48.  Stresses that the EU shipbuilding industry has the potential to increase its contribution to growth and employment by exploiting the opportunities arising from demand for ‘clean ships’ (increased energy efficiency and reduced SOx and NOx emissions) as well as vessels and structures suitable for the construction, installation and operation of offshore wind farms; calls on the EU shipbuilding industry to take up this opportunity, especially given the expected increase in short sea shipping along the EU coastline;

49.  Urges the Council to reach an agreement with Parliament to adopt a regulation providing for vessels to be dismantled in a way that respects the environment and the workers’ working conditions, thereby enabling the EU’s shipbuilding industry to recycle materials more competitively;

50.  Calls on the Commission to facilitate the implementation of the LeaderSHIP 2020 strategy, by supporting the actions identified to address the challenges faced by the European shipbuilding industry, such as access to finance, skills and international competitiveness;

Maritime and coastal tourism

51.  Calls on the Member States, with the direct involvement of local and regional authorities, as well as civil society organisations, to support initiatives to develop and upgrade sustainable tourism infrastructure, with particular emphasis on the needs of disabled persons and persons with reduced mobility, and to make every effort to eliminate bureaucracy and lack of transparency in the sector while respecting environmental legislation;

52.  Calls for tourism to be promoted and sustained as a driver for growth and jobs in coastal areas; takes the view that a healthy environment is fundamental to any form of tourism in coastal regions and that every effort must therefore be made to protect it; highlights the need to provide sustainable infrastructure for the development of new forms of tourism, in particular tourism sectors with high growth potential, such as eco-agro-fishing tourism and sustainable water sports; welcomes initiatives to promote crossborder tourism strategies on a sea-basin basis;

53.  Emphasises that the erosion of the European coastline, the safeguarding of Europe’s environmental and animal heritage, and the improvement of water quality remain important issues to be tackled; stresses, therefore, the need to properly invest in these areas in order to develop sustainable and good-quality beach and underwater tourism;

54.  Stresses that measures for exploiting and developing the coastal, maritime and marine heritage must be planned in parallel with measures for its conservation and restoration;

55.  Notes the importance of creating or upgrading specialised high-level schools (for the administration and economy of tourism enterprises, for tourism professions, maritime colleges, cookery schools, etc) and of improving training provision with a view to boosting the quality of tourist services and products, the use of new technologies and the process of adapting to climate change;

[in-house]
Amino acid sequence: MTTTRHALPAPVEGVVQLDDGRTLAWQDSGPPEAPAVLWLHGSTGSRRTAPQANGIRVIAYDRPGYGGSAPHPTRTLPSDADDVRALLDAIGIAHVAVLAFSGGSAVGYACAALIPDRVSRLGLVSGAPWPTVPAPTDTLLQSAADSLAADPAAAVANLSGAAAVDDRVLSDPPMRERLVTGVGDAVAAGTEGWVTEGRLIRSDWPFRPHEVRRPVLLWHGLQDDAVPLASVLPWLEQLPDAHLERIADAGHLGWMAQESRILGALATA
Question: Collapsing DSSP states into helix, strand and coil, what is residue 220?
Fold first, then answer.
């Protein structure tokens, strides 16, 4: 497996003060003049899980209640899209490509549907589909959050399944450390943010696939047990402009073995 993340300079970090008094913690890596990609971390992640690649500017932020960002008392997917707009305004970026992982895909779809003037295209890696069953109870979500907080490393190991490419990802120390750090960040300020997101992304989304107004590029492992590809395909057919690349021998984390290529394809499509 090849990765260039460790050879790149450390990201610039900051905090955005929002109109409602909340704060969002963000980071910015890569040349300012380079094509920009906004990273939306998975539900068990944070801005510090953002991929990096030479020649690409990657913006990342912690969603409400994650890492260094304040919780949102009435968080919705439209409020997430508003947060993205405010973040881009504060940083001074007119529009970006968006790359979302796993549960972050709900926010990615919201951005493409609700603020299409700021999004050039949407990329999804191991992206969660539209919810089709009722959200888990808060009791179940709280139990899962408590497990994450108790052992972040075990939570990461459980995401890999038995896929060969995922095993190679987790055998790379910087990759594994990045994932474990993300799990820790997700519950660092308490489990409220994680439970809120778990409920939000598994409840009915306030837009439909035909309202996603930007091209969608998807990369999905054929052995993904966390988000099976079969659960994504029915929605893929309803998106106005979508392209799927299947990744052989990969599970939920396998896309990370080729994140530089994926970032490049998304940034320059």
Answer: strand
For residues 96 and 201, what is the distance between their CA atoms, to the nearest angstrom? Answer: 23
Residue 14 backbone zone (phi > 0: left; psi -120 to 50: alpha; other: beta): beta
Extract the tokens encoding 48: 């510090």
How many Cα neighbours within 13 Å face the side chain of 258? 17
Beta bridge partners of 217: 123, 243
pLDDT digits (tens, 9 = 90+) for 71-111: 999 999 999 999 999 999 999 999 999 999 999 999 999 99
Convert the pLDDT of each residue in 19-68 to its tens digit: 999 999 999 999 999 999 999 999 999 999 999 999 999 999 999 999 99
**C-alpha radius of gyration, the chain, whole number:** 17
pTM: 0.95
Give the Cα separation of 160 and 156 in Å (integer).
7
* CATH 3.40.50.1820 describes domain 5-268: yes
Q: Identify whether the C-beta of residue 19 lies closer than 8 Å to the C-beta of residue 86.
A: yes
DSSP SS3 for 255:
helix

56.  Stresses the need to simplify visa procedures, to reduce the costs involved and to issue multiple-entry visas to visitors from third countries, in particular from the BRIC countries; calls on the Commission to investigate and immediately implement new, ‘smart’ ways of issuing tourist visas in order to maximise incoming tourist flows;

57.  Stresses that the cruise industry is an important economic resource for European ports and neighbouring local communities, which is also vital in the development and use of more energy-efficient ships with lower emissions; encourages the planning of attractive tourist programmes designed to enhance the visitor’s experience by highlighting the maritime, cultural and historical importance of port destinations;

58.  Calls on the Commission to step up its efforts to boost the competitiveness of European ports by supporting and coordinating port infrastructure capacities and upgrading the services provided (e.g. by bringing them into line with the Schengen requirements) in order to make European ports more attractive for cruise ships and more beneficial for local and fishing communities, thereby enabling them to diversify their activities; calls on the Commission to take into account the particular features of ports in island and outermost regions;

59.  Requests that it be made obligatory in port modernisation and expansion projects to equip passenger terminals and new passenger ships with facilities for people with reduced mobility;

60.  Reiterates the importance of coastal and seagoing passenger transport, especially via ferries and cruise ships, and notes the entry into force of Regulation (EU) No 1177/2010 on the rights of passengers travelling by sea, which should help enhance quality maritime tourism; calls on the Commission, in this connection, to set a campaign in motion to improve the quality of passenger and cruise ships with regard to passengers’ rights, on the basis of operators’ best practices;